“IT’S in my genes” is a legitimate excuse for some people who struggle to lose weight, research shows. Scientists have found genes protect people from obesity - and it’s bad luck if you don’t have them. 1If you struggle to lose weight you may have genes stopping youCredit: Getty Extensive genetic testing of more than 645,000 people in the UK and US found 16 rare variations that influence BMI, a metric of measuring weight. One of the genes, called GPR75, was studied further. Every person has two copies of each gene, one inherited from each parent. In the study, people with only one copy of the GPR75 gene weighed about 12 pounds (5.3kg) less. They faced a 54 per cent lower risk of obesity than those without the mutation, and had a lower BMI. But the study suggested just four in every 10,000 people have this genetic “superpower”, according to the paper published in the journal Science. Some of the genes in the study have never been found before. But "lean genes" have already been discovered previously, as well as...
    There are many weight loss myths circulating around social media that may be harmful to your health and weight loss goals. JGI/Tom Grill/ Getty Images Semaglutide, a drug used to treat type 2 diabetes, is emerging as a potential obesity treatment.  Evidence suggests it can help people lose weight by suppressing appetite, as long as they keep taking it. While recorded side effects are minor, some experts are skeptical about long-term safety and limitations.  Visit Insider's homepage for more stories. Semaglutide, a drug used to treat type 2 diabetes , is being tested to help people with obesity lose weight , and some doctors have called it a "game changer." The medication can help balance out hormones like insulin, which may curb appetite and allow people to shed pounds by eating less. While side effects are typically mild, some experts are concerned about the safety of its long-term use.  Patients can lose significant weight on semaglutide because it suppresses appetiteSemaglutide can be taken orally or by injection, according to Novo Nordisk, and it works by increasing the production...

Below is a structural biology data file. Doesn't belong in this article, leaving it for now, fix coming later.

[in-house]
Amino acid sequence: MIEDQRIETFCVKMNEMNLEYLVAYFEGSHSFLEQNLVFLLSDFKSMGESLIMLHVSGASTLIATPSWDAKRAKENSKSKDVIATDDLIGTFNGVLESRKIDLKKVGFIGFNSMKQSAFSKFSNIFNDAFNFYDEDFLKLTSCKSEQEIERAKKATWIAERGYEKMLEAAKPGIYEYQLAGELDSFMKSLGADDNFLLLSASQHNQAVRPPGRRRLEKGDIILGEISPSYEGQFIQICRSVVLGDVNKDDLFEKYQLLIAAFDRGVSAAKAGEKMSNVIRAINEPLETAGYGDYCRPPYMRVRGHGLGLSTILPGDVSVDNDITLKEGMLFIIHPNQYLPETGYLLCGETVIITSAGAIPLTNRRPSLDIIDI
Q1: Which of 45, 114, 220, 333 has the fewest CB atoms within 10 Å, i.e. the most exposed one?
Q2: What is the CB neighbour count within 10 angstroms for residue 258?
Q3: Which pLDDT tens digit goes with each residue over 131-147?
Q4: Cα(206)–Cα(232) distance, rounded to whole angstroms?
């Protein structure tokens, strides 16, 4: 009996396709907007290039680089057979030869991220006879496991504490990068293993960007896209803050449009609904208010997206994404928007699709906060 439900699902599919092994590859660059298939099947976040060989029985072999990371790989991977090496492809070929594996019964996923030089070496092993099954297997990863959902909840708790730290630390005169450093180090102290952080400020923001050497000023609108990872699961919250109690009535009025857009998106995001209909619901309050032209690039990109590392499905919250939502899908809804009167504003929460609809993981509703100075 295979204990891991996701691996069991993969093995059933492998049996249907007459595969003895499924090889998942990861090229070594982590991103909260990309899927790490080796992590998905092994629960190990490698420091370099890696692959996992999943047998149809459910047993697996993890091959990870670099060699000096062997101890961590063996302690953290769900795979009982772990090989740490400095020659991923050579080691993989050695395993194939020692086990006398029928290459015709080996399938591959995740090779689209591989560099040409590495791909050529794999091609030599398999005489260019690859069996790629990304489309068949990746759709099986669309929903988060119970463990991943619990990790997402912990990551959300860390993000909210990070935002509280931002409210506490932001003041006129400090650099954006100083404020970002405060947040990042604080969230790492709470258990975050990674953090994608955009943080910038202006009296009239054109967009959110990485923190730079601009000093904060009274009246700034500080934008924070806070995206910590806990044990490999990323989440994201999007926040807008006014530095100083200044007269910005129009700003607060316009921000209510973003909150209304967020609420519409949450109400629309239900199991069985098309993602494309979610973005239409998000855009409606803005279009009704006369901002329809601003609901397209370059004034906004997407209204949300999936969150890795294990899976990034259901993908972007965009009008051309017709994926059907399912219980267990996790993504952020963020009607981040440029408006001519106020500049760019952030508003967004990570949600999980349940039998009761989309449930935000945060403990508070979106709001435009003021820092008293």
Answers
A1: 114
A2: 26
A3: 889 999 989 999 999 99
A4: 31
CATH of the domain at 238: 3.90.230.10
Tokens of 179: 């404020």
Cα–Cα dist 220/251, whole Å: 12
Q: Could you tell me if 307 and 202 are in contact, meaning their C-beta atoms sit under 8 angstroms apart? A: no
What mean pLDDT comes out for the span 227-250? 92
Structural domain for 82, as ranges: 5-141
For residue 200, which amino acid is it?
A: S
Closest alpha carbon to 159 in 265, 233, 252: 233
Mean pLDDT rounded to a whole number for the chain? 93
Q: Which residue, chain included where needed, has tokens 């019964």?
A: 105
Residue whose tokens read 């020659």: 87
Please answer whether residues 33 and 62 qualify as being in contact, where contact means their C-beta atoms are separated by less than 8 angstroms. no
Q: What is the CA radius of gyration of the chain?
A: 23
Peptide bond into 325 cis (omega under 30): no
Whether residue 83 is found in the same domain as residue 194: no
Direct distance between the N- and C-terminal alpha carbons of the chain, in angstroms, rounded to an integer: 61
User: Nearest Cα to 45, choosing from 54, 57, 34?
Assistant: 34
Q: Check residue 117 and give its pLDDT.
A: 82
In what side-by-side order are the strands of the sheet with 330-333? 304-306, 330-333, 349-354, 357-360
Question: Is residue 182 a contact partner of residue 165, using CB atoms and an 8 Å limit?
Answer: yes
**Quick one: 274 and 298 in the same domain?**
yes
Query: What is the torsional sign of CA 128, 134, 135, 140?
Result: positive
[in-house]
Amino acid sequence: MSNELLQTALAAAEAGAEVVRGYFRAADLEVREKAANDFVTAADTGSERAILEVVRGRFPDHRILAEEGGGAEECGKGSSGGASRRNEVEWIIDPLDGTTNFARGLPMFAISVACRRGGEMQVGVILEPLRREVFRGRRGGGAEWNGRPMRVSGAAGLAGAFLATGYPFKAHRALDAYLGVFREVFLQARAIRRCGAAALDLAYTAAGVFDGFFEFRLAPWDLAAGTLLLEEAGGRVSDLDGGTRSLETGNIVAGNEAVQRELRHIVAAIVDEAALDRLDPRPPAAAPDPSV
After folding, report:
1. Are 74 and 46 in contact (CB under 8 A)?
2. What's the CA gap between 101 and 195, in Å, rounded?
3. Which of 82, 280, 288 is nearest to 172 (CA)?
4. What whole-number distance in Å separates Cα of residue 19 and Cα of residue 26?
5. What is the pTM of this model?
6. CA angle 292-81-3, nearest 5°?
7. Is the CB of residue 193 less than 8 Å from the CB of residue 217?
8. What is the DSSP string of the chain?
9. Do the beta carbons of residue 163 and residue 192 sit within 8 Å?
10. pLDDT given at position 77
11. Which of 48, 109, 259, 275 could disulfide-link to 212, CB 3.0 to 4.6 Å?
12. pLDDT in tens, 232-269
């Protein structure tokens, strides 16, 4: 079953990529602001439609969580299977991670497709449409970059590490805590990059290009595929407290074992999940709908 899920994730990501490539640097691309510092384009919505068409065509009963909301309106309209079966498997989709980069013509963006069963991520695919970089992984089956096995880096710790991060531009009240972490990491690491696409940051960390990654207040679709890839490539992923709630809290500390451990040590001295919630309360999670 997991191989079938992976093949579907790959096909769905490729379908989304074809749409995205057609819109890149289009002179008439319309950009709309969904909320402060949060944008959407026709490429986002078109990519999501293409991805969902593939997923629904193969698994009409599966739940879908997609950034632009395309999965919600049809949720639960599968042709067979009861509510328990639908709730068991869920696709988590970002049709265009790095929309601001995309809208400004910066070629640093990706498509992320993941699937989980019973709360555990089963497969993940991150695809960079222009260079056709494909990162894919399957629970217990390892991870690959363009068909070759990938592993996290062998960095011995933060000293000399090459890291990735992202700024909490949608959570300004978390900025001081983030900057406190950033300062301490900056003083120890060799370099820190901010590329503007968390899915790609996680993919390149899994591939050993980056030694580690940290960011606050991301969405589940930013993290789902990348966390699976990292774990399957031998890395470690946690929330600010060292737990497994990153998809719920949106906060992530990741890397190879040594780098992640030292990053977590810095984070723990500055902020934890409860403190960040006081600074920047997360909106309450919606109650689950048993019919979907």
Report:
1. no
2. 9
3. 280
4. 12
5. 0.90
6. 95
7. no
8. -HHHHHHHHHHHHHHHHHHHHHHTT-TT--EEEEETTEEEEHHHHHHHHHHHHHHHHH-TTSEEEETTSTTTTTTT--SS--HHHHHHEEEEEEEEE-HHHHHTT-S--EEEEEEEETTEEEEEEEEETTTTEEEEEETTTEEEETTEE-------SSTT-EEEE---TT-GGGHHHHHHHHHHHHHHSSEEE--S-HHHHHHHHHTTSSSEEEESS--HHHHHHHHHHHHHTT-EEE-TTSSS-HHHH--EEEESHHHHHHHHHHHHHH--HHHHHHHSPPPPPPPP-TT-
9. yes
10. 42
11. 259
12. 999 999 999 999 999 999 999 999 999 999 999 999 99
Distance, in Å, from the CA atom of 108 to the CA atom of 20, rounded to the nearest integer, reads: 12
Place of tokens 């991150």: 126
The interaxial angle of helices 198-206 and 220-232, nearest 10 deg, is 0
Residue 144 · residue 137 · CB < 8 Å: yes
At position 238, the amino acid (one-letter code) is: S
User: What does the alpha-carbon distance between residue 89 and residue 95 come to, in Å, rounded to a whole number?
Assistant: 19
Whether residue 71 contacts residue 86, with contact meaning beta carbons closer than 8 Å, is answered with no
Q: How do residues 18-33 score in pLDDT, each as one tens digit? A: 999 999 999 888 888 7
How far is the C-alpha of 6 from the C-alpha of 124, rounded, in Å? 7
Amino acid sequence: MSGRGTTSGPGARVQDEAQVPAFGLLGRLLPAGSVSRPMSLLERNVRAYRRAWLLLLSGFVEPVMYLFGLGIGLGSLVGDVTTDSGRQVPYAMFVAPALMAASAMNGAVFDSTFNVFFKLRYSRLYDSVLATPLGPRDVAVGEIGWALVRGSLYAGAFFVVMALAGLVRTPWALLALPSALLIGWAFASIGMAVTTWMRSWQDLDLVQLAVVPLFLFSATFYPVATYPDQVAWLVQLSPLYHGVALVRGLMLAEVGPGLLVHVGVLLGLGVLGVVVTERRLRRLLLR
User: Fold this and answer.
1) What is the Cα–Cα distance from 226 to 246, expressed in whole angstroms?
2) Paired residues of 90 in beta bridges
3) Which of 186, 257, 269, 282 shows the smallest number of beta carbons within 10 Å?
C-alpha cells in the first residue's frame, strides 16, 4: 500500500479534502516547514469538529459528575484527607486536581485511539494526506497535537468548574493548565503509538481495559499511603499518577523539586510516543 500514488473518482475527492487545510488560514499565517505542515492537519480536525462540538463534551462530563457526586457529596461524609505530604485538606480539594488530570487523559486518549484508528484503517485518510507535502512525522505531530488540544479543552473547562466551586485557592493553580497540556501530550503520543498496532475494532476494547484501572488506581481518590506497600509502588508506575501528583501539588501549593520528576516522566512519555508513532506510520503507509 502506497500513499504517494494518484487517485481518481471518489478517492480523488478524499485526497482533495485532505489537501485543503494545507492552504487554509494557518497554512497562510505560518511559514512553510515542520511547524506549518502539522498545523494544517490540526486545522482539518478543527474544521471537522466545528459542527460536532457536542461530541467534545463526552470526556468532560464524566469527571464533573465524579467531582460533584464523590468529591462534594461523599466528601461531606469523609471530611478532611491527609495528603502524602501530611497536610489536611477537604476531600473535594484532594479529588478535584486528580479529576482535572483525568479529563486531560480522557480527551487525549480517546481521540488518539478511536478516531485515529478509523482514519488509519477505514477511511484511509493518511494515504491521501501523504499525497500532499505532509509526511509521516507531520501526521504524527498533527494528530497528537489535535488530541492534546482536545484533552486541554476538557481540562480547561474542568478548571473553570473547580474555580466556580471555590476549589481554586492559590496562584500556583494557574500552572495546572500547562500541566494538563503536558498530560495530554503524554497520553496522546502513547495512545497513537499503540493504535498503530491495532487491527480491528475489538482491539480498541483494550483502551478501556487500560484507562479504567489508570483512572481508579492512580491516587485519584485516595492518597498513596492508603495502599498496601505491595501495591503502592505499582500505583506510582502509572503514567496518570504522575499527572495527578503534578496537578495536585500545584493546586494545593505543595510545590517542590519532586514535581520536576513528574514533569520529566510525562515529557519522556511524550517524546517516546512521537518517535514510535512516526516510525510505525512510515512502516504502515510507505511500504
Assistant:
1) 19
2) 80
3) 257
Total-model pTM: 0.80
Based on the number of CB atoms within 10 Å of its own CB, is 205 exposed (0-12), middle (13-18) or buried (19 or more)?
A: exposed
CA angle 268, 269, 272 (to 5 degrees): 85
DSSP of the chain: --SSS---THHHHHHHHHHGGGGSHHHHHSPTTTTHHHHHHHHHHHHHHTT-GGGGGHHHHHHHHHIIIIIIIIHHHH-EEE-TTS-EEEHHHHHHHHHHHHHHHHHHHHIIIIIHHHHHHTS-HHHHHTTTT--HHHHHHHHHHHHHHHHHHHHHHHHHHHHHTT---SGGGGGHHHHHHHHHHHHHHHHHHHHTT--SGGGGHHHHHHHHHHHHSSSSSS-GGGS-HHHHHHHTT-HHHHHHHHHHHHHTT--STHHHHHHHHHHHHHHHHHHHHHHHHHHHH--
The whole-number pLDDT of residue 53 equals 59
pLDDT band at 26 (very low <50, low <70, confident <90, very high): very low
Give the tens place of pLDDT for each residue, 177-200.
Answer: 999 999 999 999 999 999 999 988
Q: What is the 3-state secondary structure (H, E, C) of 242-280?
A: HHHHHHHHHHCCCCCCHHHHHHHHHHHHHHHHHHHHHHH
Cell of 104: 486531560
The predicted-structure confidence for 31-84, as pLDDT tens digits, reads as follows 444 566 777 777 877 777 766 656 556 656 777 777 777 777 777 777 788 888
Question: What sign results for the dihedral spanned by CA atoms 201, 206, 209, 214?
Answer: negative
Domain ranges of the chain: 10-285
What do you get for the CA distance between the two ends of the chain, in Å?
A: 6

A WONDER jab that stops food cravings could soon help people lose weight. People given the jab in a study rapidly dropped the pounds and ate less buffet food because their appetite was suppressed. 1People given a weekly dose of semaglutide had a lower appetite and cravings for foodCredit: Alamy If approved for use by medicine regulators, it could be a game-changer for people who can't fight the flab - and the obesity crisis. Almost one in three adults in England are obese, with a further third overweight. More than 650 million people worldwide are obese, which can increase the risk for heartdisease, type 2 diabetes and more. Obesity rates show no sign of slowing down unless urgent action is taken to find new solutions. The latest drug under the microscope is called semaglutide, which induces weight loss by reducing hunger, increasing feeling of fullness and thereby helping people eat less. Drug company Novo Nordisk recruited 72 obese adults aged 18 to 65 whose BMI - one measurement of obesity - was above 30.. Half the participants were...